More older Americans buried by housing debt
By: The Associated Press June 2, 2015 – NY Daily Record –
WASHINGTON — Al and Saundra Karp have found an unconventional way to raise money and help save their Miami-area home from foreclosure: They’re lining up gigs for their family jazz band.
They enjoy performing. But it isn’t exactly how Al, an 86-year-old Korean War vet, or Saundra, 76, had expected to spend their retirement.
Of all the financial threats facing Americans of retirement age — outliving savings, falling for scams, paying for long-term care — housing isn’t supposed to be one. But after a home-price collapse, the worst recession since the 1930s and some calamitous decisions to turn homes into cash machines, millions of them are straining to make house payments.
The consequences can be severe. Retirees who use retirement money to pay housing costs can face disaster if their health deteriorates or their savings run short. They’re more likely to need help from the government, charities or their children. Or they must keep working deep into retirement.
“It’s a big problem coming off the housing bubble,” says Cary Sternberg, who advises seniors on housing issues in The Villages, a Florida retirement community. “A growing number of seniors are struggling with what to do about their home and their mortgage and their retirement.”
The baby boom generation was already facing a retirement crunch: Over the past two decades, employers have largely eliminated traditional pensions, forcing workers to manage their retirement savings. Many boomers didn’t save enough, invested badly or raided their retirement accounts.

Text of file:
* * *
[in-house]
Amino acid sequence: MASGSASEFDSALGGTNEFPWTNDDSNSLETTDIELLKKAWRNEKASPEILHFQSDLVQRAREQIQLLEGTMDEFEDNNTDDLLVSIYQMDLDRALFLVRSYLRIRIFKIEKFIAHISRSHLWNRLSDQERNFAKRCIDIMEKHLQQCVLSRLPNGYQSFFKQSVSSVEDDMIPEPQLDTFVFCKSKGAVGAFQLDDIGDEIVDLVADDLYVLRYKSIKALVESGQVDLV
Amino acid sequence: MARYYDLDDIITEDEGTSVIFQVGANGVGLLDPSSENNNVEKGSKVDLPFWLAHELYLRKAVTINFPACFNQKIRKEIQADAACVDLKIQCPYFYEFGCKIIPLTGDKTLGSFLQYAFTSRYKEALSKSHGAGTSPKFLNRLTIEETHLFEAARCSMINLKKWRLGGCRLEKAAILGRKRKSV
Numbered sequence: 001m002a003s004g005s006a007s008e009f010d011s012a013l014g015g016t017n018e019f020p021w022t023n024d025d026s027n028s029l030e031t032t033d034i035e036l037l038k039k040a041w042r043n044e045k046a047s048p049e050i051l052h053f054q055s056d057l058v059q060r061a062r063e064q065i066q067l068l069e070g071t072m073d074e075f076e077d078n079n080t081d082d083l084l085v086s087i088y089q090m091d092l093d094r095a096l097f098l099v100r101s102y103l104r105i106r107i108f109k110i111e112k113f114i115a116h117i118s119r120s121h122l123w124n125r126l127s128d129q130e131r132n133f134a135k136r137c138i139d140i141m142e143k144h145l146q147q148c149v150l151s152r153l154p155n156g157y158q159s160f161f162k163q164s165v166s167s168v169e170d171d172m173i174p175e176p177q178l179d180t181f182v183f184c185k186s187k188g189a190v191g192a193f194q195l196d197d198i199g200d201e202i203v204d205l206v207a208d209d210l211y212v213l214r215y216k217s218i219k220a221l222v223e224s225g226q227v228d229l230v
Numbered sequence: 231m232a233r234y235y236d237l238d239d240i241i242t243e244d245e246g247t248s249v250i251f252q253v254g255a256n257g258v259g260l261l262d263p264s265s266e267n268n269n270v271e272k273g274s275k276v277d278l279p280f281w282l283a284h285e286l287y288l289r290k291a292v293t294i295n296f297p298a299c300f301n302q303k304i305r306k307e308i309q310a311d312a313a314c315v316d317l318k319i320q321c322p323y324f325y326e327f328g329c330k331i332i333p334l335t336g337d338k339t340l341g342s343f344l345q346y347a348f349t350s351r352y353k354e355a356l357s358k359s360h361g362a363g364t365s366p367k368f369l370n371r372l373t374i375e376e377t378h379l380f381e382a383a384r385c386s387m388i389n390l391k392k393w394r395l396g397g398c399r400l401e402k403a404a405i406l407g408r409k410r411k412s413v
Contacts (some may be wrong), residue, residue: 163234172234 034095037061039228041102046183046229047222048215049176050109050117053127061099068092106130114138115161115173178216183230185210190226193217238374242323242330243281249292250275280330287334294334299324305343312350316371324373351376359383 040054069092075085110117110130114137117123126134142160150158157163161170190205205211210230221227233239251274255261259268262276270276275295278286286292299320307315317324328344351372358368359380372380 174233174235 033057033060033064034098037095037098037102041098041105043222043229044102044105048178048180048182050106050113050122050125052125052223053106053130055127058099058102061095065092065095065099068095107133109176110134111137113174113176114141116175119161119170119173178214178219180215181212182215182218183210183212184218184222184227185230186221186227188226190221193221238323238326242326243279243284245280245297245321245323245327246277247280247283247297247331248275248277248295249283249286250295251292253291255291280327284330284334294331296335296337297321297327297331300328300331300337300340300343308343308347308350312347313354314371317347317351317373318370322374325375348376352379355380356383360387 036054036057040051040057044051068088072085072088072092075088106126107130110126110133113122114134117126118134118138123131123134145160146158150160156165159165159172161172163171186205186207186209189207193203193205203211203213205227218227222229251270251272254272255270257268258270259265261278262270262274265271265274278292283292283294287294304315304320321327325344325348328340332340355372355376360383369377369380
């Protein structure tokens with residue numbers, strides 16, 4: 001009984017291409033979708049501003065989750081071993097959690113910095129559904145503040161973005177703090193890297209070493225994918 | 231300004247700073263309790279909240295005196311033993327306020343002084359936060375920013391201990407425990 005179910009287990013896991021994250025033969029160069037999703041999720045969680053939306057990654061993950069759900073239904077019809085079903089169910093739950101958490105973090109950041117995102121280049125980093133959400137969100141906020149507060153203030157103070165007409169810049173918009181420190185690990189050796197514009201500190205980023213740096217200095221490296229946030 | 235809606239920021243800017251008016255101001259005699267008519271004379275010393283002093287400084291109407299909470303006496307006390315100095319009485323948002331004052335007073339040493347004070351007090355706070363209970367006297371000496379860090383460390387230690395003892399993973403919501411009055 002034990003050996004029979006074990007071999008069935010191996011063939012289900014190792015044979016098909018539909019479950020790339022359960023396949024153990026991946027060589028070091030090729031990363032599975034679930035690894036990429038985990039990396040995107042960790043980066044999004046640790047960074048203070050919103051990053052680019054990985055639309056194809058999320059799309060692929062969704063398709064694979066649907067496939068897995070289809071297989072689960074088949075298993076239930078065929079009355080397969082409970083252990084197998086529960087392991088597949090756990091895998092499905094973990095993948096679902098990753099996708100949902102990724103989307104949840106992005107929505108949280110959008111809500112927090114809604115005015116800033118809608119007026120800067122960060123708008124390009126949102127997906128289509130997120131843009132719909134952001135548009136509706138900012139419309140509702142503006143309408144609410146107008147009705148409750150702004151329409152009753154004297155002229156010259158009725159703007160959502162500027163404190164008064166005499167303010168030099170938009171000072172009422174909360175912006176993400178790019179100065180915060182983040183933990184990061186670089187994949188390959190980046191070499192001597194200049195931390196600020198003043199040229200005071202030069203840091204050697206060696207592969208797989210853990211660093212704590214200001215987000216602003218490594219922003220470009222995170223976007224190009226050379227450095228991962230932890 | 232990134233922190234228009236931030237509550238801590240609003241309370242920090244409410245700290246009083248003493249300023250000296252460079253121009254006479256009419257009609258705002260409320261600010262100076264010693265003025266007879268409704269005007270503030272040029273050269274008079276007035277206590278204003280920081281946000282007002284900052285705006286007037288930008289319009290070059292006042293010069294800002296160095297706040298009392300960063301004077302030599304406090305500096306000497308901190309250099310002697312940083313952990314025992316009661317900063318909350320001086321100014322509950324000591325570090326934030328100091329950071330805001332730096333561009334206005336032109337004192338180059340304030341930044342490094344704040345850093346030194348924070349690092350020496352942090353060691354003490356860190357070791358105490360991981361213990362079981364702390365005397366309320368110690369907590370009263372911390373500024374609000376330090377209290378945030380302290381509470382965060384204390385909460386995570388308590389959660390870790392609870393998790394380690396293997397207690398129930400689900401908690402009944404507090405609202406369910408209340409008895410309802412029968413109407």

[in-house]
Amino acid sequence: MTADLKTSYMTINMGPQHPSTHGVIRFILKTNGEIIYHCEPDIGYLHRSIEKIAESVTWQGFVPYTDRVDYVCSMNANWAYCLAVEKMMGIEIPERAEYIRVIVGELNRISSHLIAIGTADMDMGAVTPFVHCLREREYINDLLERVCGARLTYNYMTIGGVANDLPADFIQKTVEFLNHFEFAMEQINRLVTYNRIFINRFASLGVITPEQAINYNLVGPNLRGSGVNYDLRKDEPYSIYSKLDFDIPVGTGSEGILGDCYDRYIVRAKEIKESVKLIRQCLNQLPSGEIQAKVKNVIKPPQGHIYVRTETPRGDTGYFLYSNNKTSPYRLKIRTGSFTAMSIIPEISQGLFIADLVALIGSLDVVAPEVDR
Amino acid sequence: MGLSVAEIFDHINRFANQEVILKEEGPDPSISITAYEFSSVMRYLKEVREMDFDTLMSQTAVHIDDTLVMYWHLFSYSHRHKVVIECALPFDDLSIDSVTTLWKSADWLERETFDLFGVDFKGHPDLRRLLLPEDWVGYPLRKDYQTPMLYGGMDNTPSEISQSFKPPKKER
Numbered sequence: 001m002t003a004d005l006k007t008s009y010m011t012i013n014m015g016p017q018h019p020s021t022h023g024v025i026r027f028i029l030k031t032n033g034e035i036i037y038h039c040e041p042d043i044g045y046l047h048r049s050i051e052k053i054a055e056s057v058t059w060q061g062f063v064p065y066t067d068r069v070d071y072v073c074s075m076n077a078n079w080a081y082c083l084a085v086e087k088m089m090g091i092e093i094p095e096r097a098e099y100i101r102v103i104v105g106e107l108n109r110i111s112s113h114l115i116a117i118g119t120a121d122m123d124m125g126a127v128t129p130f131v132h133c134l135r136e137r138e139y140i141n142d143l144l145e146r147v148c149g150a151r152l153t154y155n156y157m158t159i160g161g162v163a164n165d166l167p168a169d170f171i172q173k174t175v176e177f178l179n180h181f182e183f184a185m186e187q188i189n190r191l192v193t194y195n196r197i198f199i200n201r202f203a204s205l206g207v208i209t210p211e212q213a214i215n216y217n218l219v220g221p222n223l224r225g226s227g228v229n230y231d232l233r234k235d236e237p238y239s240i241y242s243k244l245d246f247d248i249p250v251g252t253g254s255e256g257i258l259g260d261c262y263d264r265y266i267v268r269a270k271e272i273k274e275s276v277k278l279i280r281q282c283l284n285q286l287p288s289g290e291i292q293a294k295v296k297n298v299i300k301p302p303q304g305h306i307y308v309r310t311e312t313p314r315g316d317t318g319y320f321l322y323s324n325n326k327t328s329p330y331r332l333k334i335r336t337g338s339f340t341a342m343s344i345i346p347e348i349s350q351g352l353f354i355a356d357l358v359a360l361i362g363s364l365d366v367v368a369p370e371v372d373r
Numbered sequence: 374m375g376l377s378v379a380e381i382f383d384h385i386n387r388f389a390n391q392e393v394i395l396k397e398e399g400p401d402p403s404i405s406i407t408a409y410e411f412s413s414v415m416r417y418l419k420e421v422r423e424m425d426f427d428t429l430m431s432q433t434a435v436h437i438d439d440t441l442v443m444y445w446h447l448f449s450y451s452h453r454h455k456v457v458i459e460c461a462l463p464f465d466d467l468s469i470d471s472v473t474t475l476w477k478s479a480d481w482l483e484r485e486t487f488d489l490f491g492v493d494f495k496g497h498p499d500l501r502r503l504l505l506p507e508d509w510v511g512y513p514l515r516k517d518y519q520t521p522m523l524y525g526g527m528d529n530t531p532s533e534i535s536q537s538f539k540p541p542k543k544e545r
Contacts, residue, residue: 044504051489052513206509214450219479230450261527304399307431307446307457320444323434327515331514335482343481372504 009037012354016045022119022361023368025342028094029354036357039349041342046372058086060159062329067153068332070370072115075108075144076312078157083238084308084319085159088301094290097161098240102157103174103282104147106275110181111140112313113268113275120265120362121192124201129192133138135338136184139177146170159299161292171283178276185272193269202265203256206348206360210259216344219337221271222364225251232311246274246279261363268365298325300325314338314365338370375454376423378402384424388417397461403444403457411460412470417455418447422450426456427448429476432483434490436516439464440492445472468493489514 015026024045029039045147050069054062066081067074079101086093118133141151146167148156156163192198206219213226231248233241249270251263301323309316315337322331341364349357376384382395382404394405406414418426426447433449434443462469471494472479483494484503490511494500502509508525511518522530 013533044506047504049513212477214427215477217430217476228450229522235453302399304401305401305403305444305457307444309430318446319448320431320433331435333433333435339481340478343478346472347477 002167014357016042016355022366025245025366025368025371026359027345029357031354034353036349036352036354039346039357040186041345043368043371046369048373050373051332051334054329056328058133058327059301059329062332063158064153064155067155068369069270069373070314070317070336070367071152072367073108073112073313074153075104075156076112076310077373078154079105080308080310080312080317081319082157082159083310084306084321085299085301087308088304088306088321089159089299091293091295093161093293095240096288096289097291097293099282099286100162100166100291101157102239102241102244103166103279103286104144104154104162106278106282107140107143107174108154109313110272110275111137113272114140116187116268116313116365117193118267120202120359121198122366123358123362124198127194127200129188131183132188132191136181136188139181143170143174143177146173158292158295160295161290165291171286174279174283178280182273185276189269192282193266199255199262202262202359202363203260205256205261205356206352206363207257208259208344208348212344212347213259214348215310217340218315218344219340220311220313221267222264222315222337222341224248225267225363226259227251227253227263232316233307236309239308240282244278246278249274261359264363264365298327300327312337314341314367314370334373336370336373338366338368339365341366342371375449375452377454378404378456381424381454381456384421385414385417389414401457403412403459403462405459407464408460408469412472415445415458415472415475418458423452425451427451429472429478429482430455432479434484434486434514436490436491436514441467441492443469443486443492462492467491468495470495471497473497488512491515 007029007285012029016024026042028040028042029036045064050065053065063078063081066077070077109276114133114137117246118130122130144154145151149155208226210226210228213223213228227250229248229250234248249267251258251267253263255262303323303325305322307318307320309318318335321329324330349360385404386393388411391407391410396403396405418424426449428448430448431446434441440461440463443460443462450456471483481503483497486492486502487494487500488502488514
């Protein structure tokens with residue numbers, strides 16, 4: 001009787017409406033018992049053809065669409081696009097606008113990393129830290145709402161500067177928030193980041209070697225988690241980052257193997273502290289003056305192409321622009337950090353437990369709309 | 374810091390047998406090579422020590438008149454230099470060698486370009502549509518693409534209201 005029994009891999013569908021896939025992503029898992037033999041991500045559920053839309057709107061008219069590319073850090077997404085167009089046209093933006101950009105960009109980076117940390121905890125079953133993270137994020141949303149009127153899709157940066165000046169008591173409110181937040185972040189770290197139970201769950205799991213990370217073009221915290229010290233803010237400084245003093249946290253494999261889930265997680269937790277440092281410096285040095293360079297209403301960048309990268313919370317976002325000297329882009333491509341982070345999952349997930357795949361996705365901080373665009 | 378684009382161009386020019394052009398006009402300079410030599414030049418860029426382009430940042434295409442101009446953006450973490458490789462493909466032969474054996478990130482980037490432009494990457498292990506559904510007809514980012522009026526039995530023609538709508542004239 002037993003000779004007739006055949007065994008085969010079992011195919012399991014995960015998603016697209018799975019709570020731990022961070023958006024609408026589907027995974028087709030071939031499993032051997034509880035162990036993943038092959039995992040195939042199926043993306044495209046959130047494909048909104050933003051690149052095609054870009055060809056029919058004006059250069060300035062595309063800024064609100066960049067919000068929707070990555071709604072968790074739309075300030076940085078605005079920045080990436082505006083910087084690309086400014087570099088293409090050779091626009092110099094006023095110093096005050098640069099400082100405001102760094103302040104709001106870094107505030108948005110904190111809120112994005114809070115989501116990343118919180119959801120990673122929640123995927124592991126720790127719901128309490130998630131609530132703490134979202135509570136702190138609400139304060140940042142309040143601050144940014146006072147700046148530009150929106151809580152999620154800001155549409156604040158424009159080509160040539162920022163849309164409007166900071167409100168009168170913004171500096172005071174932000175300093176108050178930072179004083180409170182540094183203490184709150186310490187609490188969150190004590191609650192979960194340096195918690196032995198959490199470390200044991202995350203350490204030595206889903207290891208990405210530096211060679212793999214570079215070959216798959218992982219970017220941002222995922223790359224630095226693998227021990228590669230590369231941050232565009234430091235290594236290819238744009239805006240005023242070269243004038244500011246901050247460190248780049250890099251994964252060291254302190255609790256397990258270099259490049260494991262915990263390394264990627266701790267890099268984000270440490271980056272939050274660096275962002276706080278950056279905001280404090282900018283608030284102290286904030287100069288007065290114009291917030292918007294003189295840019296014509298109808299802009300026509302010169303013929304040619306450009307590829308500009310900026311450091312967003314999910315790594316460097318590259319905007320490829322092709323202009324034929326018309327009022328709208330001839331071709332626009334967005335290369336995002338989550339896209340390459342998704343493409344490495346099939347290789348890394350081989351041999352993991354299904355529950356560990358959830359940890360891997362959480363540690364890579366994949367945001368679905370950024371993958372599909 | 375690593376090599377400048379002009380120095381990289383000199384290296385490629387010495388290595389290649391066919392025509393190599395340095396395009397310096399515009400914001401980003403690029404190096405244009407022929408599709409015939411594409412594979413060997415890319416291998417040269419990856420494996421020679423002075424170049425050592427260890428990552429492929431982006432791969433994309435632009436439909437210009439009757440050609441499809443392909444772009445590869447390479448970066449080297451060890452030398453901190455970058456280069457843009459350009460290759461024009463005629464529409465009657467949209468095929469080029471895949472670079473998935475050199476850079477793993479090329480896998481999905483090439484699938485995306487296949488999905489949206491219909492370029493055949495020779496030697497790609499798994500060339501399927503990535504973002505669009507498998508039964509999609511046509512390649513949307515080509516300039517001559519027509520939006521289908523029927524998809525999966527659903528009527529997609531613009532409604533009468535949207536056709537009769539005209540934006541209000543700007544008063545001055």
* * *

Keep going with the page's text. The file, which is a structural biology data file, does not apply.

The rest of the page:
The Consumer Financial Protection Bureau’s Office for Older Americans says 30 percent of homeowners 65 and older (6.5 million people) were paying a mortgage in 2013, up from 22 percent in 2001. Federal Reserve numbers show the share of people 75 and older carrying home loans jumped from 8 percent in 2001 to 21 percent in 2011.
What’s more, the median mortgage held by Americans 65 and older has more than doubled since 2001 — to $88,000 from $43,400, the financial protection bureau says.
In markets hit hardest by the housing bust, a substantial share of older Americans are stuck with mortgages that exceed their home’s value. In Atlanta, it’s 23 percent of homeowners 50 and older, according to the real-estate research firm Zillow. In Las Vegas, it’s 26 percent.
In the worst cases, hundreds of thousands of older Americans have lost homes to foreclosure. A 2012 study by the AARP found that 1.5 million Americans 50 and older lost homes between 2007 and 2011.
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